A Call to Action: Make Supply Chain Management a Magnet for Millennials. Connect by C.H. Robinson
In last week’s blog post I highlighted how there needs to be a cross-functional approach to attracting talented professionals to the company – especially supply chain management, which is facing a talent shortage crisis.
This week I consider these challenges in the context of millennials. How can supply chain management become a profession of choice for these individuals?
Steps to take
As mentioned last week, it is estimated that by 2018 the supply chain industry in the U.S. will need to hire an additional 1.4 million qualified individuals if it is to keep pace with the demand for talent.
Millennials, people born between 1980 and 1995, are a primary source of new talent. I recently participated in a Council of Supply Chain Management Professionals panel on talent management, and gained some insights into how the profession can become attractive for this demographic.
First, we must do a much better job at telling our own story. Supply chain management is an exciting and rewarding career. Positioned at the center of global commerce, the industry makes a difference in the lives of people across the globe by delivering the products they need, when they need them. Let’s tell this story – and not only to university students, but also to young people at the high school and middle school levels.
It’s also important to know our target audiences. For example, millennials want a clear career path and guidance on what they need to accomplish, but without being micromanaged. They don’t like being treated like a number; millennials prefer bosses that take a genuine interest in employees’ needs and ambitions. This can be difficult for leaders who have been schooled to maintain a professional distance from subordinates.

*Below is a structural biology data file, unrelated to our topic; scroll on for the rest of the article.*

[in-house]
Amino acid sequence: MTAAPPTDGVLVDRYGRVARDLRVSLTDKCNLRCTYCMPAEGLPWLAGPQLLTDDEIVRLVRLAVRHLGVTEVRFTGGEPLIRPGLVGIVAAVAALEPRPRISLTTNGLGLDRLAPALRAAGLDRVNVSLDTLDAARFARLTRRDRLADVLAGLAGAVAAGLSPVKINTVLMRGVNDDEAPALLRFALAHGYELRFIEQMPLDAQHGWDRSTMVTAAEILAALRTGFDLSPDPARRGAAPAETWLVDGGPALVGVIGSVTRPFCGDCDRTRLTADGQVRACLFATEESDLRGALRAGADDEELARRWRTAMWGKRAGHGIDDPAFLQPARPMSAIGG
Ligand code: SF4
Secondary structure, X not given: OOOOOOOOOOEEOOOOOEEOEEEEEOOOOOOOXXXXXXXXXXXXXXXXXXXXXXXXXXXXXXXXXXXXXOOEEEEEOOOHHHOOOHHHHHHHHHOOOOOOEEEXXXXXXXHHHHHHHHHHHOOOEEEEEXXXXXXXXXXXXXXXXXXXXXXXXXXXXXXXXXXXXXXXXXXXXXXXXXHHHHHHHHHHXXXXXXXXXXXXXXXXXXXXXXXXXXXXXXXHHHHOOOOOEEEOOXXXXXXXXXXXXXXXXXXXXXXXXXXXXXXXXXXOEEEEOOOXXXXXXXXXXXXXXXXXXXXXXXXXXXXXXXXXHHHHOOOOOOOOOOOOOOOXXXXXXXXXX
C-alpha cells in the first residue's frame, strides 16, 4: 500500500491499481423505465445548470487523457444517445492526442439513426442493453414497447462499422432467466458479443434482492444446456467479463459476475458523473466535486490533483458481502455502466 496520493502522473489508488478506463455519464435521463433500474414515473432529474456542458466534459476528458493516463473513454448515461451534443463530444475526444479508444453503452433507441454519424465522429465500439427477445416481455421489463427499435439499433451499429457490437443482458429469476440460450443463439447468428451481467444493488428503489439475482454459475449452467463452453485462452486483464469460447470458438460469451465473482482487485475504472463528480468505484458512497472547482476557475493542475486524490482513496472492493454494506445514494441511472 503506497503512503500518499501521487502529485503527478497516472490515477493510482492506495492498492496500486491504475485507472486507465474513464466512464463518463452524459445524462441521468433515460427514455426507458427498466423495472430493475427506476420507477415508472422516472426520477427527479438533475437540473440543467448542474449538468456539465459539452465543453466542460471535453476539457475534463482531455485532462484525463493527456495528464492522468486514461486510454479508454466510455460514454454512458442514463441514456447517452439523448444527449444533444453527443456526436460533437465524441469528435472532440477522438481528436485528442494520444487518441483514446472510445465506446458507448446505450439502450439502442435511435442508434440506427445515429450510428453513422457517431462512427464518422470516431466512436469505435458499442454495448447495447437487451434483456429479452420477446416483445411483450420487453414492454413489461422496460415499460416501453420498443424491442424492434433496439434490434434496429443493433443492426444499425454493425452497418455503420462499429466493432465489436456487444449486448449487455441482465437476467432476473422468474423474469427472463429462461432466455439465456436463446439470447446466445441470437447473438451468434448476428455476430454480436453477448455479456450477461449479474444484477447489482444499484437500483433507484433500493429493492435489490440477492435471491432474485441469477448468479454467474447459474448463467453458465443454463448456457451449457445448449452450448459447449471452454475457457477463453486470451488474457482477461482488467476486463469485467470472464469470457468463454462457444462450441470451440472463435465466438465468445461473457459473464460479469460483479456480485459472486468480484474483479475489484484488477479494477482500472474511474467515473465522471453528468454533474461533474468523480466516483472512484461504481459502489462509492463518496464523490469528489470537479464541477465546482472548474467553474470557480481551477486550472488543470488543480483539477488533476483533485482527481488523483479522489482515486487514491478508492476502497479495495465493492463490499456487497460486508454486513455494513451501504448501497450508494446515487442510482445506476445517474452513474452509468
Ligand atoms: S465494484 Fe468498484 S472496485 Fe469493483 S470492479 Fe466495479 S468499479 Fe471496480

Building such demands into career programs for millennials is challenging, and
each company has its own approach. Here are some tactics that have worked well for us.
Create a growth mindset. Emphasize the opportunities for personal and career development, and the importance of learning from failures.
Infuse meaning into roles. Reinforce the big-picture significance of the work done by supply chain professionals.
Highlight the importance of corporate citizenship. Many millennials look for companies that make a special effort to give back to the community.
Build a positive onboarding experience. Effective onboarding programs give new employees encouragement and direction. We strive to make sure that individuals emerge from these programs feeling confident (they will have the skills and technical know required to succeed), connected (to their teams, the company mission, and to each other), and motivated to do great work.
Map employee careers. Make a special effort to build a career map for each individual and monitor their progress.
Develop meaningful performance conversations. All too often regular performance reviews are more about the process than finding out how the individual is doing. Focus on the need for authentic conversations about the person’s performance and giving actionable feedback.
If supply chain management is to fulfill its current and future roles, the industry must excel at attracting the brightest and most motivated young professionals. Let’s join together to make the profession a sought-after destination for career-minded millennials.